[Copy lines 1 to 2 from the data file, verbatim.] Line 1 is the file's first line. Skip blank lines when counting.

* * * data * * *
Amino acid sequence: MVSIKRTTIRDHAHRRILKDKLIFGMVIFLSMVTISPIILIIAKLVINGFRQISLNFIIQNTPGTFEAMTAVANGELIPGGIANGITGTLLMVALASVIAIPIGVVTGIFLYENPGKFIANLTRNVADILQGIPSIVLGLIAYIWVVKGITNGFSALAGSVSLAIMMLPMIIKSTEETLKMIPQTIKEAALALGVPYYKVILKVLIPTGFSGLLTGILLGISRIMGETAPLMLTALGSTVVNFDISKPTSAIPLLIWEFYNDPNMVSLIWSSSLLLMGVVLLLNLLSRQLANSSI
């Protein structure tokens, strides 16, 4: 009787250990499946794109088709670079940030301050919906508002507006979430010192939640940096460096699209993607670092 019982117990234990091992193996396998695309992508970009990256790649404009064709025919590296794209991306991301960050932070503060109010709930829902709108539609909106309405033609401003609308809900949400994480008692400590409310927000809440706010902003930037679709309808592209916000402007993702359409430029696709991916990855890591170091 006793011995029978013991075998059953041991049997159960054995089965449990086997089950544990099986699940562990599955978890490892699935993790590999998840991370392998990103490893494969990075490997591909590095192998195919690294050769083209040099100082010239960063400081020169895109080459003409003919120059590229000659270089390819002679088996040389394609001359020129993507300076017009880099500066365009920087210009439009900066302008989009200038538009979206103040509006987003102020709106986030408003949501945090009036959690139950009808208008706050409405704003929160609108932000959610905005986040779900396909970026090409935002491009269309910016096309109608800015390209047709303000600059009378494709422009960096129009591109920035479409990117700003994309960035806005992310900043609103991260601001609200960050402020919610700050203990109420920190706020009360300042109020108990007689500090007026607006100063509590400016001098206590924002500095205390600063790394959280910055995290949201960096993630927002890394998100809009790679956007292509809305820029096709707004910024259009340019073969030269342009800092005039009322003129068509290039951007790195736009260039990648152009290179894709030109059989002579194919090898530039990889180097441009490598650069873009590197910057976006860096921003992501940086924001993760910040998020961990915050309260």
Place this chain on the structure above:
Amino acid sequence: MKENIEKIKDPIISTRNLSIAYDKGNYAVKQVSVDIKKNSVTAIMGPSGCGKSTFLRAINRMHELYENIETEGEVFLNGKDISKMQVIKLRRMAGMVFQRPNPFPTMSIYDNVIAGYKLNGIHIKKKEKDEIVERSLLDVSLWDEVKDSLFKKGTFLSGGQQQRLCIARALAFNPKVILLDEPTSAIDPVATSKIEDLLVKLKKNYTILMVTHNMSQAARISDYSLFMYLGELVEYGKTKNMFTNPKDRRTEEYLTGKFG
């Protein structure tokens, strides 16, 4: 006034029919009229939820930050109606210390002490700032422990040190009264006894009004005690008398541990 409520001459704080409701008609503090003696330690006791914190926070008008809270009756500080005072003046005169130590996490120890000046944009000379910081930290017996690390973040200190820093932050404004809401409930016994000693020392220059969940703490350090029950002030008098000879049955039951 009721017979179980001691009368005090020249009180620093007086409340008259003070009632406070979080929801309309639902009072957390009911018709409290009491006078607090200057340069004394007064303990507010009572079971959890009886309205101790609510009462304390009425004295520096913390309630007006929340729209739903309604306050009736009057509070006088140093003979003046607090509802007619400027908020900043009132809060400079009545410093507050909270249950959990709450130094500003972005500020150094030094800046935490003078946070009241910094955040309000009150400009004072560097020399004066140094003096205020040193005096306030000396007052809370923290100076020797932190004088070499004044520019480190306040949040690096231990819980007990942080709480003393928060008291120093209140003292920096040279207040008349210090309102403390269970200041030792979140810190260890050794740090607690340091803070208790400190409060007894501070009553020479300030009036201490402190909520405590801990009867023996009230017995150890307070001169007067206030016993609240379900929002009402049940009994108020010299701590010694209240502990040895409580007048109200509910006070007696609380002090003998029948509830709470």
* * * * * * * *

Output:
Amino acid sequence: MVSIKRTTIRDHAHRRILKDKLIFGMVIFLSMVTISPIILIIAKLVINGFRQISLNFIIQNTPGTFEAMTAVANGELIPGGIANGITGTLLMVALASVIAIPIGVVTGIFLYENPGKFIANLTRNVADILQGIPSIVLGLIAYIWVVKGITNGFSALAGSVSLAIMMLPMIIKSTEETLKMIPQTIKEAALALGVPYYKVILKVLIPTGFSGLLTGILLGISRIMGETAPLMLTALGSTVVNFDISKPTSAIPLLIWEFYNDPNMVSLIWSSSLLLMGVVLLLNLLSRQLANSSI
């Protein structure tokens, strides 16, 4: 009787250990499946794109088709670079940030301050919906508002507006979430010192939640940096460096699209993607670092 019982117990234990091992193996396998695309992508970009990256790649404009064709025919590296794209991306991301960050932070503060109010709930829902709108539609909106309405033609401003609308809900949400994480008692400590409310927000809440706010902003930037679709309808592209916000402007993702359409430029696709991916990855890591170091 006793011995029978013991075998059953041991049997159960054995089965449990086997089950544990099986699940562990599955978890490892699935993790590999998840991370392998990103490893494969990075490997591909590095192998195919690294050769083209040099100082010239960063400081020169895109080459003409003919120059590229000659270089390819002679088996040389394609001359020129993507300076017009880099500066365009920087210009439009900066302008989009200038538009979206103040509006987003102020709106986030408003949501945090009036959690139950009808208008706050409405704003929160609108932000959610905005986040779900396909970026090409935002491009269309910016096309109608800015390209047709303000600059009378494709422009960096129009591109920035479409990117700003994309960035806005992310900043609103991260601001609200960050402020919610700050203990109420920190706020009360300042109020108990007689500090007026607006100063509590400016001098206590924002500095205390600063790394959280910055995290949201960096993630927002890394998100809009790679956007292509809305820029096709707004910024259009340019073969030269342009800092005039009322003129068509290039951007790195736009260039990648152009290179894709030109059989002579194919090898530039990889180097441009490598650069873009590197910057976006860096921003992501940086924001993760910040998020961990915050309260």